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Can Ignorance Make Central Banks Behave?

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  • T. Christopher Canavan

    (Boston College)

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    Abstract

    This paper presents a model in which "instrument uncertainty"-that is, an uncertain mapping from monetary policy to macroeconomic outcomes-may mitigate the inflationary bias problem that arises when efficient monetary policy rules are time- inconsistent. If the relation between monetary policy and macroeconomic outcomes is uncertain, the private sector has an incentive to scrutinize the past for clues about this relationship. This learning creates a link between past government behavior and present inflation expectations that the government can exploit to enhance its credibility. The model implies that the two conventional arguments for simple rules in monetary policy-one stressing the central bank's poor forecasting abilities and the other stressing the perils of discretion-may work at cross-purposes. Moreover, it provides an explanation of the cyclical behavior of inflation due to political cycles and of the correlation between the level and variance of inflation.

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    File URL: http://fmwww.bc.edu/EC-P/wp291.pdf
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    Bibliographic Info

    Paper provided by Boston College Department of Economics in its series Boston College Working Papers in Economics with number 291..

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    Length: 17 pages
    Date of creation: Jul 1995
    Date of revision:
    Handle: RePEc:boc:bocoec:291

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    Related research

    Keywords: instrument uncertainty; monetary policy; inflationary bias; time- inconsistency; learning.;

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    References

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    1. William Poole, 1970. "Optimal choice of monetary policy instruments in a simple stochastic macro model," Staff Studies 57, Board of Governors of the Federal Reserve System (U.S.).
    2. Logue, Dennis E & Willett, Thomas D, 1976. "A Note on the Relation between the Rate and Variability of Inflation," Economica, London School of Economics and Political Science, vol. 43(17), pages 151-58, May.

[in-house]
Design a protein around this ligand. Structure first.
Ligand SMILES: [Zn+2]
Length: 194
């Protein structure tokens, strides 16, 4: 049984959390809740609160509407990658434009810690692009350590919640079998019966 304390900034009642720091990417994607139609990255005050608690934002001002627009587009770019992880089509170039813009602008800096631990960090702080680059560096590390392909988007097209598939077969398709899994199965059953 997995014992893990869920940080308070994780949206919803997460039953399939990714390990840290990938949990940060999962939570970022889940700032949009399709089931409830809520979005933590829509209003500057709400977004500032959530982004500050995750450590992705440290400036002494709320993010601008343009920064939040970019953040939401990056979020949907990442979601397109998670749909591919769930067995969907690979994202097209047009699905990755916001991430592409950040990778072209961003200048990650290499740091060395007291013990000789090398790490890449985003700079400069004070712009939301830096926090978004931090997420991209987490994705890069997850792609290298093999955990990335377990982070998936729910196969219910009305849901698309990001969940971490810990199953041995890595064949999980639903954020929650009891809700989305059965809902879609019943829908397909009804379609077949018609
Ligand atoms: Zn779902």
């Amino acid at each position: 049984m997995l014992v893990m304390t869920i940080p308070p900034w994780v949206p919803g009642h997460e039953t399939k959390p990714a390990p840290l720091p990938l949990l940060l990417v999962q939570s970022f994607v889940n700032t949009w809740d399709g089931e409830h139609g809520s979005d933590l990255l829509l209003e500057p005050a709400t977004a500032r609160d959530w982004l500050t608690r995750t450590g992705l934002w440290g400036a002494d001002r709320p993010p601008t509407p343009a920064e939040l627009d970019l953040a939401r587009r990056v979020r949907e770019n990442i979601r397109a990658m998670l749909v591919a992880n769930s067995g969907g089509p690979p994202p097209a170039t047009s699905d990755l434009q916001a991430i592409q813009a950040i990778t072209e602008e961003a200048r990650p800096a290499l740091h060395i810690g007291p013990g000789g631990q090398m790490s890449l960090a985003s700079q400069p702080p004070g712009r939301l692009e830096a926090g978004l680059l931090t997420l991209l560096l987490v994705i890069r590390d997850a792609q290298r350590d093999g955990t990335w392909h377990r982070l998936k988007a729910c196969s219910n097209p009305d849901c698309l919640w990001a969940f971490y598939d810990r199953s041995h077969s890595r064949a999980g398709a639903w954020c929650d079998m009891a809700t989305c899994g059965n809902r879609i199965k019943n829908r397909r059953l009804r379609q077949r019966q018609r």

3. Rogoff, Kenneth & Sibert, Anne, 1988. "Elections and Macroeconomic Policy Cycles," Review of Economic Studies, Wiley Blackwell, vol. 55(1), pages 1-16, January.
    4. Matthew B. Canzoneri & Dale W. Henderson & Kenneth S. Rogoff, 1981. "The information content of the interest rate and optimal monetary policy," International Finance Discussion Papers 192, Board of Governors of the Federal Reserve System (U.S.).
    5. Vickers, John, 1986. "Signalling in a Model of Monetary Policy with Incomplete Information," Oxford Economic Papers, Oxford University Press, vol. 38(3), pages 443-55, November.
    6. Kenneth Rogoff, 1987. "Reputational Constraints on Monetary Policy," NBER Working Papers 1986, National Bureau of Economic Research, Inc.
    7. Rogoff, Kenneth, 1985. "The Optimal Degree of Commitment to an Intermediate Monetary Target," The Quarterly Journal of Economics, MIT Press, vol. 100(4), pages 1169-89, November.
    8. Lohmann, Susanne, 1992. "Optimal Commitment in Monetary Policy: Credibility versus Flexibility," American Economic Review, American Economic Association, vol. 82(1), pages 273-86, March.
    9. Garfinkel, Michelle R & Oh, Seonghwan, 1993. "Strategic Discipline in Monetary Policy with Private Information: Optimal Targeting Horizons," American Economic Review, American Economic Association, vol. 83(1), pages 99-117, March.
    10. Canzoneri, Matthew B, 1985. "Monetary Policy Games and the Role of Private Information," American Economic Review, American Economic Association, vol. 75(5), pages 1056-70, December.
    11. Holbrook, Robert S, 1972. "Optimal Economic Policy and the Problem of Instrument Instability," American Economic Review, American Economic Association, vol. 62(1), pages 57-65, March.
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